Setup a basic cluster
The OpenHIM Core is designed to be horizontally scalable. This means that if you need better performance, you can easily fire up more core instances. In this tutorial we will look at setting up a small, basic cluster of core instances.
The OpenHIM Core is built in Node.js and it is important to note that node uses a single threaded model. The threading model is designed for I/O bound processes - perfect for the OpenHIM - however this can lead to a single instance of core quickly becoming a bottleneck on very high transaction loads. In addition, a core single instance wouldn't take advantage of multiple cores on a CPU. We recommend that one OpenHIM instance, on a dedicated server, is used for every available CPU core. Besides, it would be useful to be able to run multiple core instances on multiple servers as well.
#Clustering on a single server
Luckily, since v1.2.0 of the OpenHIM, clustering on a single server is supported out of the box. So, setup is easy. All you need to do is run the OpenHIM with a flag to let it know you want to cluster:
n is the number of instances that you want to run (eg, 2, 4 or 6) or it can be the special value of auto where the OpenHIM will determine how many cores your server has and run that many instances. Each instance that the OpenHIM starts shares the same ports and the OpenHIM will share load between all of these instances.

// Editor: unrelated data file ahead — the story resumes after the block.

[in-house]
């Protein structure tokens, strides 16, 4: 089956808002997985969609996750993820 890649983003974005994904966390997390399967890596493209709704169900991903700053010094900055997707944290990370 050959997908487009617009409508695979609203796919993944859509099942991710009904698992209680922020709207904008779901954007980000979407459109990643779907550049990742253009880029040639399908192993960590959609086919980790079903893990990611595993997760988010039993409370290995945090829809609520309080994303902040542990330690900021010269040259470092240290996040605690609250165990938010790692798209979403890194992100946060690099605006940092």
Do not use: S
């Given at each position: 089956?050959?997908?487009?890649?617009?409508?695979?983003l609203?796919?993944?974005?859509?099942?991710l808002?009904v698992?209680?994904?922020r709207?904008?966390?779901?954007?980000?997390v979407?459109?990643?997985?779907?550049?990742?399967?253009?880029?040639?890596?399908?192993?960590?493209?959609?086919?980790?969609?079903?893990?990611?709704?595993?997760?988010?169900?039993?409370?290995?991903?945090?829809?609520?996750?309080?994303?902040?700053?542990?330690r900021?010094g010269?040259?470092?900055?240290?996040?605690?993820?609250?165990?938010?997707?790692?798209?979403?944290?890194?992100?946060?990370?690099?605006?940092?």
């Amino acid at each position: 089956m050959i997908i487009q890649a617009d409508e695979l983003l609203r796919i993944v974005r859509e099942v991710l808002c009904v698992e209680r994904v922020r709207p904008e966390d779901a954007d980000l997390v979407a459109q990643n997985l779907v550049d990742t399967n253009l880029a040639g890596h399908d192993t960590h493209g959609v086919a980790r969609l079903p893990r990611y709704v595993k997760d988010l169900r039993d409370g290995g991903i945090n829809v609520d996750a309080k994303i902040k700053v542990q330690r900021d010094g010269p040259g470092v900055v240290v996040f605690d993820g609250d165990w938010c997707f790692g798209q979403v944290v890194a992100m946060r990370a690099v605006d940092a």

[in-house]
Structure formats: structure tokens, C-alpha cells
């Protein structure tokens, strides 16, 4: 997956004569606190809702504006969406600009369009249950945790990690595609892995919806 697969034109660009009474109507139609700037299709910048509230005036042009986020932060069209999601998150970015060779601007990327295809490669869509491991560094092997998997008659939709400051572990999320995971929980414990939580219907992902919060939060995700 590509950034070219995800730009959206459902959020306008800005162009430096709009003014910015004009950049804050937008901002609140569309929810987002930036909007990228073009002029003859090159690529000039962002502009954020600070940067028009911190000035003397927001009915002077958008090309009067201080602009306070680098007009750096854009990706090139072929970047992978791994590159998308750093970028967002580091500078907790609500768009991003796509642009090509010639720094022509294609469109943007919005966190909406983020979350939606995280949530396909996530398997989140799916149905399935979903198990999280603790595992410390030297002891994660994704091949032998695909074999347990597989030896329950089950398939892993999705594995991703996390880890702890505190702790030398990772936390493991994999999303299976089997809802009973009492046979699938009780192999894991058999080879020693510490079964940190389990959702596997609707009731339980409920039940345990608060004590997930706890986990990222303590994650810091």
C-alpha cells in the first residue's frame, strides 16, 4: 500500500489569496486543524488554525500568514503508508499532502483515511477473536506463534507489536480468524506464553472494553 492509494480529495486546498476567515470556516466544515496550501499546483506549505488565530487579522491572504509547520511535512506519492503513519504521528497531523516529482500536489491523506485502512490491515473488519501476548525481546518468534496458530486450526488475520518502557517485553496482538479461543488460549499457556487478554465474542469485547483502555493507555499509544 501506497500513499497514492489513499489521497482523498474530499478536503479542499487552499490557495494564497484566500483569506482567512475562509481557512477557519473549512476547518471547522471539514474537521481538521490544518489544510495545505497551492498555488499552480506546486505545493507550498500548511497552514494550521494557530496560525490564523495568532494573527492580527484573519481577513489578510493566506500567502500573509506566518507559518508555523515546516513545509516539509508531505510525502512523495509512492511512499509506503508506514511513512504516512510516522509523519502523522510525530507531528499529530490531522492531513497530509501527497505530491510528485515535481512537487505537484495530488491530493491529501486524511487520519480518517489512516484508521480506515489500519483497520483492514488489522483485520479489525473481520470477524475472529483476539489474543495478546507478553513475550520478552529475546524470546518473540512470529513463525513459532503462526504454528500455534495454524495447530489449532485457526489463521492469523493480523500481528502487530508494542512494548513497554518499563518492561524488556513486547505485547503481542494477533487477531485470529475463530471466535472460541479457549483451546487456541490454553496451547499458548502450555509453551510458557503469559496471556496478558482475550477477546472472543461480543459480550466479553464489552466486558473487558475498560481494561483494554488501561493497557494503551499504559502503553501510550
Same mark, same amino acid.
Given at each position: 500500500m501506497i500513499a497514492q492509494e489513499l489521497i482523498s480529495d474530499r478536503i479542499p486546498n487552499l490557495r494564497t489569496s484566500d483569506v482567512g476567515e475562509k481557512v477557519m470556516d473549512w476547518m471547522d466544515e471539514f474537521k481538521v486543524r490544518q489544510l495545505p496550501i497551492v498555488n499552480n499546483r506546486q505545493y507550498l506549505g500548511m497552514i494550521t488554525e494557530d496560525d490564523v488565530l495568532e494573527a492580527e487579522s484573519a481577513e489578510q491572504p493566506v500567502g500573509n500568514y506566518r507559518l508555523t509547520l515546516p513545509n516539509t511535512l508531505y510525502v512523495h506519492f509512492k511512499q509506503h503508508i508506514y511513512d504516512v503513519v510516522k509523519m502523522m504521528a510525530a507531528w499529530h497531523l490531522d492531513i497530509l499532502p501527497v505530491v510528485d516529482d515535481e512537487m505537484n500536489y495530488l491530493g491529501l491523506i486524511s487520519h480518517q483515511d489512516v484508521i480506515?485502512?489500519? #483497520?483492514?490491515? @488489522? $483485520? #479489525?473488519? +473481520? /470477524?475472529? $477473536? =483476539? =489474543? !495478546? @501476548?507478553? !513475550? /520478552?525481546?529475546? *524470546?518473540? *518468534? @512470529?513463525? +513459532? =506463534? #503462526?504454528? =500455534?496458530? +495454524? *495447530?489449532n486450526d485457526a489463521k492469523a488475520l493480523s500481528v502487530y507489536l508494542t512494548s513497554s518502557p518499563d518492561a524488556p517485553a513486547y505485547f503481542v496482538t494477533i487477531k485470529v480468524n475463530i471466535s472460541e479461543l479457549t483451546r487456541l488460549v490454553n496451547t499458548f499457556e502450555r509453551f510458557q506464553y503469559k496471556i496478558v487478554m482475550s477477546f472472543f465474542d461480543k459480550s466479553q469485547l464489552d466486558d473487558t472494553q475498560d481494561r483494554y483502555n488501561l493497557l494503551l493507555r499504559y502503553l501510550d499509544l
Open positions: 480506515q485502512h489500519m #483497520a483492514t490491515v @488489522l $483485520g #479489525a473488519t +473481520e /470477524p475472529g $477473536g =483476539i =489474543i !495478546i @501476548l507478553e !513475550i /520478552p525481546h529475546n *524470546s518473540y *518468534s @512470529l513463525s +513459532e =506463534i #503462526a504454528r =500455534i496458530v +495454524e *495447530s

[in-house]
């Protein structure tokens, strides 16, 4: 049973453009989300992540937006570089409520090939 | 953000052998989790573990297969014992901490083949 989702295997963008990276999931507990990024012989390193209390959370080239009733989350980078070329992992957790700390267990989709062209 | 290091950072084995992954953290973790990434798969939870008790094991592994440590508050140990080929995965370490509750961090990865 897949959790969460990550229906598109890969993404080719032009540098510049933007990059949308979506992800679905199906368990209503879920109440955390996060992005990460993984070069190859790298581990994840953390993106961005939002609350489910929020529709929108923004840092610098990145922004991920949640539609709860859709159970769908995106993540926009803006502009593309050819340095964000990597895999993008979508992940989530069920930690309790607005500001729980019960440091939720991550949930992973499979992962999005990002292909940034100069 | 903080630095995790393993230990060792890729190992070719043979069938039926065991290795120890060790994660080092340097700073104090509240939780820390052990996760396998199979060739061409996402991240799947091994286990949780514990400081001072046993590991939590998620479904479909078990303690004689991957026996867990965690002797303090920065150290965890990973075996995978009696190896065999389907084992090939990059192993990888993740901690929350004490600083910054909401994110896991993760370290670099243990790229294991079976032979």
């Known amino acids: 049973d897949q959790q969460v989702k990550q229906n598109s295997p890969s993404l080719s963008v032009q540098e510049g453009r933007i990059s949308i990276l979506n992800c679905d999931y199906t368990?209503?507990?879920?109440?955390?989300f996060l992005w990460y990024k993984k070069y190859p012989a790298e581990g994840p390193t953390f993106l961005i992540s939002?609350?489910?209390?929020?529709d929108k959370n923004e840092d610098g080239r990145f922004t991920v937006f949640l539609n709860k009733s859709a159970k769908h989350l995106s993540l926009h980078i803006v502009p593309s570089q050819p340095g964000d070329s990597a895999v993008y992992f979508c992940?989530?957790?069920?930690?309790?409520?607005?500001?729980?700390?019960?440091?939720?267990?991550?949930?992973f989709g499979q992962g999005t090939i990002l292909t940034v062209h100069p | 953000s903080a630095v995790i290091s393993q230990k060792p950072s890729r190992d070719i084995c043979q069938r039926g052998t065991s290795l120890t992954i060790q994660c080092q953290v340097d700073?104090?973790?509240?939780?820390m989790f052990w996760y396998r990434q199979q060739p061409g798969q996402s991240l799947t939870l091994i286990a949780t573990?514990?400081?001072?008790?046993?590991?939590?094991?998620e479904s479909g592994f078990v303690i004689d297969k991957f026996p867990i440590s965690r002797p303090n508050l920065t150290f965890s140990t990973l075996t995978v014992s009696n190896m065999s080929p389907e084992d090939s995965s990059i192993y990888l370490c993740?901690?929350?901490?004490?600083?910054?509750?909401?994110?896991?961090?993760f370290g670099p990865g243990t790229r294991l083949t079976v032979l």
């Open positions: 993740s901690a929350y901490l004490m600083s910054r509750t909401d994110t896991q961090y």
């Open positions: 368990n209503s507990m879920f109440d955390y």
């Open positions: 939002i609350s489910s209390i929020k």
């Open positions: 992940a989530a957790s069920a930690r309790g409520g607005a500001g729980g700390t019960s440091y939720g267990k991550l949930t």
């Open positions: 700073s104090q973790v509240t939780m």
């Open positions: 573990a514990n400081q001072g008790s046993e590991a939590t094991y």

#Clustering over multiple servers
The approach we are taking towards scaling out the OpenHIM Core to multiple server is also straight forward. We will start up 4 instances on separate servers and setup load-balancing between them. For this tutorial we will look at using LVS on Ubuntu for load-balancing, but other options exist as well:
- NGINX - A very powerful load-balancer and web server. Note however that TCP load-balancing is only supported in their NGINX Plus commercial product. However http load-balancing can still be used, but can become more complex if you want to use https channels on the HIM.
First, install the OpenHIM on each server and grab a copy of the config file if you wish to use a non-default configuration:
Next, startup each instance on each server, you may also use the
--cluster option if you require.
Now we can setup the load-balancer. If not already available, install the LVS Admin tool on the server that will act as you load balancer:
Now we'll setup round-robin balancing and add each node to the cluster:
Replace the 10.0.0.x addresses with your servers' IP addresses. You can also follow these steps for the HTTP ports and the API ports (although another good strategy with regard to the API is to run another dedicated core instance and point the Console there). And that's it! Try running several transactions against your server on HTTPS - they should be load-balanced between the four instances AND each instance will itself be clustered on the server that it is running! This should allow you to handle MASSIVE load with ease.